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Zimra tax, penalties killing industry, Zanu PF MP
02/07/2014 00:00:00
by The Source
 
Under fire ... Zimra boss, Gershem Pasi
 
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THE Government on Wednesday came to the defence of the Zimbabwe Revenue Authority (Zimra) in Parliament as the tax collector was accused of suffocating local industry through punitive levies and penalties.

The tax agency, which collects over 98 percent of government’s revenue, came under attack from Zanu PF party parliamentarian Daniel Shumba for punishing an already struggling local industry through penalties for defaulting on tax obligations.

Zimra is government’s only source of funding after donor support dried up over a decade ago due to a fallout with western donors, has warned of declining revenues as a result of declining economic activity but remains under pressure to improve collections to enable the state to pay salaries among other functions.

Shumba said local industry must be given breathing space as it was struggling to get funding.

“We are not saying industry must not pay taxes, there is nothing wrong with industry paying taxes,” he said, adding Zimra was charging struggling local firms “unreasonably high taxes and penalties for defaulting on payments.”

“We should not kill the cow that we are milking,” he added.

But deputy finance minister Samuel Undenge came to Zimra’s defence saying it was the institution’s mandate to collect tax and use all means possible to recover funds from defaulters.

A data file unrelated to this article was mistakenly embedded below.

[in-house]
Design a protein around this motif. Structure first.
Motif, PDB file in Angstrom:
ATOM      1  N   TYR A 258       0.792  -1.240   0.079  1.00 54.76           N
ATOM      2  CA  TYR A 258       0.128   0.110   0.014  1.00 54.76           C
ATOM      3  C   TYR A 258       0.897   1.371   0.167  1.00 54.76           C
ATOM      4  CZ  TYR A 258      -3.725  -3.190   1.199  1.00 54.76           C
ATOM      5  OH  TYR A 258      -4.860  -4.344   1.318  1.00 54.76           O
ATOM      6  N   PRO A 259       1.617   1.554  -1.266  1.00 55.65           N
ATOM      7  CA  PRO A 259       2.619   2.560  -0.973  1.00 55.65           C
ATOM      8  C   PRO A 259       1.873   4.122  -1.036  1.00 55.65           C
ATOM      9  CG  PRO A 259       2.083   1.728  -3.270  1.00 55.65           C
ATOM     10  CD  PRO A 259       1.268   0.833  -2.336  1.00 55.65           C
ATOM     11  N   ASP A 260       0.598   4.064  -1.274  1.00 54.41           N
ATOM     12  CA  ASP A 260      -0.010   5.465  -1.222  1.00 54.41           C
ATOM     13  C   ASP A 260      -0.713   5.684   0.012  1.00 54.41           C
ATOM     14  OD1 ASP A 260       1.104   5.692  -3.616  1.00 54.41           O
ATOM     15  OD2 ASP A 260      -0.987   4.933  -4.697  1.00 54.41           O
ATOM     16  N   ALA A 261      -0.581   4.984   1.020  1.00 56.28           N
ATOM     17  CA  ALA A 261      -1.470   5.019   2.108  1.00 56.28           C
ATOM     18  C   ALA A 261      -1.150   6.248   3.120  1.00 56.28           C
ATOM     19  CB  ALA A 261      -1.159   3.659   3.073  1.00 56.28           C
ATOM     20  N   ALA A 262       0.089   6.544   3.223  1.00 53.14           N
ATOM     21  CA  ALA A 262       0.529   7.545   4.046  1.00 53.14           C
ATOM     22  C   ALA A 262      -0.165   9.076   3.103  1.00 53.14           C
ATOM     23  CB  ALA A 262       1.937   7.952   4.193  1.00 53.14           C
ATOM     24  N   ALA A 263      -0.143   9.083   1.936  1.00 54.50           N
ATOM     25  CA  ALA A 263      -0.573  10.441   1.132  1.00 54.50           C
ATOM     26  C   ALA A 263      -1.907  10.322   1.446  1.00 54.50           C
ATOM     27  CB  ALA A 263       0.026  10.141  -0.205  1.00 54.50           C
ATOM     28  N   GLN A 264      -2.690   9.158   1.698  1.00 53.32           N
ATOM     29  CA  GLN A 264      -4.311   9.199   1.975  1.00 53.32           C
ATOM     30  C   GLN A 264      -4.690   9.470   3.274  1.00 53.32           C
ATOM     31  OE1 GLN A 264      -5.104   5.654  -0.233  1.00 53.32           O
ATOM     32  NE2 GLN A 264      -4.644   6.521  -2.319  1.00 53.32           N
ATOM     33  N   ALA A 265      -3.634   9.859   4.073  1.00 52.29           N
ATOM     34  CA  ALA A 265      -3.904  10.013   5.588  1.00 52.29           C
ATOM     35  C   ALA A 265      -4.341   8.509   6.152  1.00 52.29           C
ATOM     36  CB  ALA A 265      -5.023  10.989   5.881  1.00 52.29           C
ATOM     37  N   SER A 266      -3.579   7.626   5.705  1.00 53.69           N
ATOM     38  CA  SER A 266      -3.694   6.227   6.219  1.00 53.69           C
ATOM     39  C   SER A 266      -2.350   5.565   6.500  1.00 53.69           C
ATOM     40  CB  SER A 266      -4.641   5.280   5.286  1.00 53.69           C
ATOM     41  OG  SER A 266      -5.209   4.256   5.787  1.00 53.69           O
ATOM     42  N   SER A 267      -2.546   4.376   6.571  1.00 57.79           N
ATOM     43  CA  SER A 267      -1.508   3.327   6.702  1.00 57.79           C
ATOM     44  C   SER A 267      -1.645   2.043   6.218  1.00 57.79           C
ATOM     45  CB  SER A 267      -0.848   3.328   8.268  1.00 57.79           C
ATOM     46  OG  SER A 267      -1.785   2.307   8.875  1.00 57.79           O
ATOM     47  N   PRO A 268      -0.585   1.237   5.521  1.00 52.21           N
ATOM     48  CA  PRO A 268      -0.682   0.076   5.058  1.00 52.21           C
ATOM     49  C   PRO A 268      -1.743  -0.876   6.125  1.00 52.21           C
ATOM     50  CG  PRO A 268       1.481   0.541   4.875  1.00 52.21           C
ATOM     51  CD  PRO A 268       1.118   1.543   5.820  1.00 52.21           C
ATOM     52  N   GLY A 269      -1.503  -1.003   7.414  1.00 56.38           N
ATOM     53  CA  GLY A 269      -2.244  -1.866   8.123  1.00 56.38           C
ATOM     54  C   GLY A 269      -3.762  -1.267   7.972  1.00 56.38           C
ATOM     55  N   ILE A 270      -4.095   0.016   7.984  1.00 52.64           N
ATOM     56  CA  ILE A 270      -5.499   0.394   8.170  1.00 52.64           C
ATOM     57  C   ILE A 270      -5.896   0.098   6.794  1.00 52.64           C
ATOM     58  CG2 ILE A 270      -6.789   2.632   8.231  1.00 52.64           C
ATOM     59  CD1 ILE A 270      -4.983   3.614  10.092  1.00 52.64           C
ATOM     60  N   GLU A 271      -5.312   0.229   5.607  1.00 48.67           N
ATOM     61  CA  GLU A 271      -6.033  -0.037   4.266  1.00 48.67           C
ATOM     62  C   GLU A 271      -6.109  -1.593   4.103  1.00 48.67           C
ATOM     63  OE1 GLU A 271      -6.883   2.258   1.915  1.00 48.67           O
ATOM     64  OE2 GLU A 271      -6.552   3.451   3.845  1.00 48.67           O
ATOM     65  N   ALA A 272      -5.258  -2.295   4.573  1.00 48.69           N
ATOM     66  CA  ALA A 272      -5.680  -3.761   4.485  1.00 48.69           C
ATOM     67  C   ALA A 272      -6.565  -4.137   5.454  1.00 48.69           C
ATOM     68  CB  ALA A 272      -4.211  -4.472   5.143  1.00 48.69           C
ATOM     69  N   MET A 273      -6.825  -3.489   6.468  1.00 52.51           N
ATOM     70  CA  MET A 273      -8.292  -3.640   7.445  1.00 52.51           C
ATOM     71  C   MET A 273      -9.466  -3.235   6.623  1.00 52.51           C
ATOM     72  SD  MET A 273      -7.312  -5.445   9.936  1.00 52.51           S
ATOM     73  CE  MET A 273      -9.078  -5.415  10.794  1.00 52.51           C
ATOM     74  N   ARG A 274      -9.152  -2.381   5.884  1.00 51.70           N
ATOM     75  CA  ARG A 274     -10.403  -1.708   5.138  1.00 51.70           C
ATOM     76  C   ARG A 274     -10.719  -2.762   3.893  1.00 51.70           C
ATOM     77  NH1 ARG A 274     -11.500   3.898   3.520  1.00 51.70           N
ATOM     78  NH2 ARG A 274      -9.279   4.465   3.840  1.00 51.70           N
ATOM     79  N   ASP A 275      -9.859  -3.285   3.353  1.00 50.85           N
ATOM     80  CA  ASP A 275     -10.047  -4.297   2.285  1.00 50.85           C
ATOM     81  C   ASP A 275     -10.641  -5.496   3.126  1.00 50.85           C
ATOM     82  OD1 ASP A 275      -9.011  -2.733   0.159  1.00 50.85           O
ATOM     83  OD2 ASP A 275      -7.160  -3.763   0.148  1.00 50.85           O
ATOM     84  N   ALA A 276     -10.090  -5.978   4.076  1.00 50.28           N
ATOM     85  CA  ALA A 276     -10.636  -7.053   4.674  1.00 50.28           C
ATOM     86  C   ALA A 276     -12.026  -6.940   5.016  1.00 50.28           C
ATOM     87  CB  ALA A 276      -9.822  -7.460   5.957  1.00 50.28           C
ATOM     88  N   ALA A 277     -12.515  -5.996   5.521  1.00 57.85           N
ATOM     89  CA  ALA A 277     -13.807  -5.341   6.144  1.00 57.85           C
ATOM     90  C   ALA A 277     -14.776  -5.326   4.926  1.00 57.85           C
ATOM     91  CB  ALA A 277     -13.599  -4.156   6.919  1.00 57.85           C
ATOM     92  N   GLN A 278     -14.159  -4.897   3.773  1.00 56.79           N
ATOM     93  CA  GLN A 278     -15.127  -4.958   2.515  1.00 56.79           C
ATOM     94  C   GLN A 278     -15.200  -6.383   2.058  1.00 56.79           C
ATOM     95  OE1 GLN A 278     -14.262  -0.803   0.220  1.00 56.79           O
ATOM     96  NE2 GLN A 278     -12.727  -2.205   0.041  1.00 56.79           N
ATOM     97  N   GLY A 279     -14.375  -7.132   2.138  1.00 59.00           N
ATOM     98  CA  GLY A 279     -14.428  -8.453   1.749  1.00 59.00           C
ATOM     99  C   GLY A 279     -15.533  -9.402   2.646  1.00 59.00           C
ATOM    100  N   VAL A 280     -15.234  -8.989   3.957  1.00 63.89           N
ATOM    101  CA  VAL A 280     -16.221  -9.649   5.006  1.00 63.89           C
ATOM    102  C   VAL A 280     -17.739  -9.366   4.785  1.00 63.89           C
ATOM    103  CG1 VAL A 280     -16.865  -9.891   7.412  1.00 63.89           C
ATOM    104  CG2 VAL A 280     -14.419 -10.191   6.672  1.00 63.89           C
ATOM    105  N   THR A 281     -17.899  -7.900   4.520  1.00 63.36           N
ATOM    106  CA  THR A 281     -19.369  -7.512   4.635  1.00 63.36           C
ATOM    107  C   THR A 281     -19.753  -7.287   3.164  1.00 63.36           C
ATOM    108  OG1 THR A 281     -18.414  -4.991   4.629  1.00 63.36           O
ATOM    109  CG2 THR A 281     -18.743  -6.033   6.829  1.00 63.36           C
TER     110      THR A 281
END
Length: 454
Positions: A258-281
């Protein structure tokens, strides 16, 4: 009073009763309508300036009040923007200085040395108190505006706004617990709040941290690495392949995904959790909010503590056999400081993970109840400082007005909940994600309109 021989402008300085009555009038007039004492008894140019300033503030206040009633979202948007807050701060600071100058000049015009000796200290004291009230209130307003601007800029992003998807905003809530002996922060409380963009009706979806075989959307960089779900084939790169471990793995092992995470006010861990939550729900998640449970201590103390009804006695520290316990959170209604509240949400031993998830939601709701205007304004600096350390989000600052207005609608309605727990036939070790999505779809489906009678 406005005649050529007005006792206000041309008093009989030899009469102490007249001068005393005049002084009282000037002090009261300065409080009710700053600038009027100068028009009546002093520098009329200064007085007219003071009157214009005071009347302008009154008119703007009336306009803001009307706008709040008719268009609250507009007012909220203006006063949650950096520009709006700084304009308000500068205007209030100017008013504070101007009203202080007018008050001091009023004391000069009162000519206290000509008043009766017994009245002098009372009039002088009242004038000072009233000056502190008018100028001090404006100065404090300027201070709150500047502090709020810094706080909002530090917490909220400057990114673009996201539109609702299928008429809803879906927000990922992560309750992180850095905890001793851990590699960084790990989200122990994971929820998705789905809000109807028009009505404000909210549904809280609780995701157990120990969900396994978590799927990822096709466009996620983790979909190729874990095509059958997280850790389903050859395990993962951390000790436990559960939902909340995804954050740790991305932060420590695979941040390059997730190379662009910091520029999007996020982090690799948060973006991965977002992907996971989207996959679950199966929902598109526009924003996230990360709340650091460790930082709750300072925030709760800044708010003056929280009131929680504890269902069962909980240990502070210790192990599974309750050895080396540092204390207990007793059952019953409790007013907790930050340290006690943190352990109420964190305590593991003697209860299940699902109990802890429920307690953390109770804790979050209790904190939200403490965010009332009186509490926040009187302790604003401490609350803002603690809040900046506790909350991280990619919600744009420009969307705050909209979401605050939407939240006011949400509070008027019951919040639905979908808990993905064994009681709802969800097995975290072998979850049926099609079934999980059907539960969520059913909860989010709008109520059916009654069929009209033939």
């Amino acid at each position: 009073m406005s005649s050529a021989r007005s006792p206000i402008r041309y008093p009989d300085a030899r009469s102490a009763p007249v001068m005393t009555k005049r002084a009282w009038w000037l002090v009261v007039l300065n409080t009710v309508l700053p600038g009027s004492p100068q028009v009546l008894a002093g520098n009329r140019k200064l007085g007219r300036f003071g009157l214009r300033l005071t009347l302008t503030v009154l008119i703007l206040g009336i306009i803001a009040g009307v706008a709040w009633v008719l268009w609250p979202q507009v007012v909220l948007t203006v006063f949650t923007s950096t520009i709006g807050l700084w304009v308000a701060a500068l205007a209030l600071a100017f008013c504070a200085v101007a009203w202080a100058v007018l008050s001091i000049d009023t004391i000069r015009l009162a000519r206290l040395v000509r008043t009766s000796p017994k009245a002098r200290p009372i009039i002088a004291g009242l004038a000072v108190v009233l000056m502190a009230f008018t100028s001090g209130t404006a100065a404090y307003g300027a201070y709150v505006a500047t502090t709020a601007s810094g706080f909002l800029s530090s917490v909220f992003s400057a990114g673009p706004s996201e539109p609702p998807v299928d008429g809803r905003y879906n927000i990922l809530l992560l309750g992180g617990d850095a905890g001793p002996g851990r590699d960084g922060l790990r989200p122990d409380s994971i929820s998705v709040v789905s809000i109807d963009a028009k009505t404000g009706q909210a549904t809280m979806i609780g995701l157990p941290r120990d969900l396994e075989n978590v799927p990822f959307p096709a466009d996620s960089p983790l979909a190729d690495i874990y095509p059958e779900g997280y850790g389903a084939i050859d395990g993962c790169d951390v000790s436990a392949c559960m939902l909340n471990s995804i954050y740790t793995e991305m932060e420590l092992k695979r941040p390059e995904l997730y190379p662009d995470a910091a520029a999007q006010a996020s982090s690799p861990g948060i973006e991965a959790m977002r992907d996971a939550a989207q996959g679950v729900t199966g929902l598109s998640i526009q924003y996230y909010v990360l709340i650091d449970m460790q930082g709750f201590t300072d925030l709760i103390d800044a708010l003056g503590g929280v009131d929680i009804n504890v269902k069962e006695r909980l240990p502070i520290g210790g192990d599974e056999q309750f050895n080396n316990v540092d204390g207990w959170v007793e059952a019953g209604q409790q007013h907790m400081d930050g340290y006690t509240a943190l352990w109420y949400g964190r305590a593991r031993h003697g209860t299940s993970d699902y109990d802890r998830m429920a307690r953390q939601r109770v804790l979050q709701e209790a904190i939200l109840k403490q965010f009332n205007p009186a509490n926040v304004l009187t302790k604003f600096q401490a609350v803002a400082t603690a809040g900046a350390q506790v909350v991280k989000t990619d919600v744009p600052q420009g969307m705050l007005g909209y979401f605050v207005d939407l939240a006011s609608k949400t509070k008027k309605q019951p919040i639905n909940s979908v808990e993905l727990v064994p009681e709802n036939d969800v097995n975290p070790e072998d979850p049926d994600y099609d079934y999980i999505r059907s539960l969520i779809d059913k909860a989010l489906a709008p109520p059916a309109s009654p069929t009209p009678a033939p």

“If you do not pay your tax, Zimra is bound to take some action,” Undenge said. “It is not the aim of Zimra to shut down industry; its aim is to collect what is due to government.”

Undenge said the revenue collector was flexible and allowed companies to make arrangements to settle their obligations at a later stage.

Zimra has already said there was an increase in defaults as companies are struggling to stay afloat.

Commissioner-general Gershem Pasi last week said other government agencies also tasked with collecting levies and fines, the police and the Zimbabwe National Road Authority (Zinara), must account for their collections and direct them to state coffers.

Members of Parliament demanded that such organisations must produce audited statements on how much they were collecting in levies and fines.

But Undenge said producing audited statements would take time as there was “due process” to be followed.


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